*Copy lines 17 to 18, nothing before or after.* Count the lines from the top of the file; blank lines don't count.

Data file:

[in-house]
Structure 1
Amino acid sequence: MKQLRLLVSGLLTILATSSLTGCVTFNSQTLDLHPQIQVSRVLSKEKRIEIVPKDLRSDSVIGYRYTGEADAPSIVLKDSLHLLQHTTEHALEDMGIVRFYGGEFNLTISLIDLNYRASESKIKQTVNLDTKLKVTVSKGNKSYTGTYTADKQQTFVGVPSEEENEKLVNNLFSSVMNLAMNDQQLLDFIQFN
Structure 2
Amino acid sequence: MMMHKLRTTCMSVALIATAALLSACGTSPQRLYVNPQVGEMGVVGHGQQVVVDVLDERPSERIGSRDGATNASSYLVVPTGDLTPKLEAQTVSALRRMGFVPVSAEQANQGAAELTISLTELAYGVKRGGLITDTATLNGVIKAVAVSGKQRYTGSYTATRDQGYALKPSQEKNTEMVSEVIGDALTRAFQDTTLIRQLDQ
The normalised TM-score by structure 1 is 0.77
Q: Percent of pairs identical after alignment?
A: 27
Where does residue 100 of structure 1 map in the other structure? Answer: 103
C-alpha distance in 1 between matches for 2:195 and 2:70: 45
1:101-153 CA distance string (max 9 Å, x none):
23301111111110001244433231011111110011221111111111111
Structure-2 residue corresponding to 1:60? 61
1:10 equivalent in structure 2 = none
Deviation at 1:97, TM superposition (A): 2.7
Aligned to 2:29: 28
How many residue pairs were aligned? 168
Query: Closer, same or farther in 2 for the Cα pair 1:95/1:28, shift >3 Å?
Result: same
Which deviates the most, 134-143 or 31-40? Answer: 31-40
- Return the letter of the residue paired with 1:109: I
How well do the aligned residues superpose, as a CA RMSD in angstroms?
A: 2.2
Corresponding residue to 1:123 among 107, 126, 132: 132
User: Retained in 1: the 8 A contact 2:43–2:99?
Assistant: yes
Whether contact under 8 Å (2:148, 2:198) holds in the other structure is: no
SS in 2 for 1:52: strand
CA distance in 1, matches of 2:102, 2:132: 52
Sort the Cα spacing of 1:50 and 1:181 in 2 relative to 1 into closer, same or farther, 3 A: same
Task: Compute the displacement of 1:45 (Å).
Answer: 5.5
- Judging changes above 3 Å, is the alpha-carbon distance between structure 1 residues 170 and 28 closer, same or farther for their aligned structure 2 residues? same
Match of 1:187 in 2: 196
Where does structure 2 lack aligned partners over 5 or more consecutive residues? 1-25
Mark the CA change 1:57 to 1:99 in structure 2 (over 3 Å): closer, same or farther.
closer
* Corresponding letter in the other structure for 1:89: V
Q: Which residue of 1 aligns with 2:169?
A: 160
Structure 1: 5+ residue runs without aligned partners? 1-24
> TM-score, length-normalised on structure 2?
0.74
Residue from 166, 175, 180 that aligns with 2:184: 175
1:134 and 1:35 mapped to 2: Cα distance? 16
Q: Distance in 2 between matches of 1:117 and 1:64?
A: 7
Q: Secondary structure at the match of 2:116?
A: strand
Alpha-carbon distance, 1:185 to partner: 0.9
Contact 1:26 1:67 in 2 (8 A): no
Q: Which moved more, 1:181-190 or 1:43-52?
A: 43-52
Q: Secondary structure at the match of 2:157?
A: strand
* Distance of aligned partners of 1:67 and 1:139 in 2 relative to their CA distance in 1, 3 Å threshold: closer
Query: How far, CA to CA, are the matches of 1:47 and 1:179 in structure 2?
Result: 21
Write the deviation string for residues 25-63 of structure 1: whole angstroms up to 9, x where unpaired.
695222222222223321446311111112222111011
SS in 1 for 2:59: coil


How many residue pairs were aligned? 168
Query: Closer, same or farther in 2 for the Cα pair 1:95/1:28, shift >3 Å?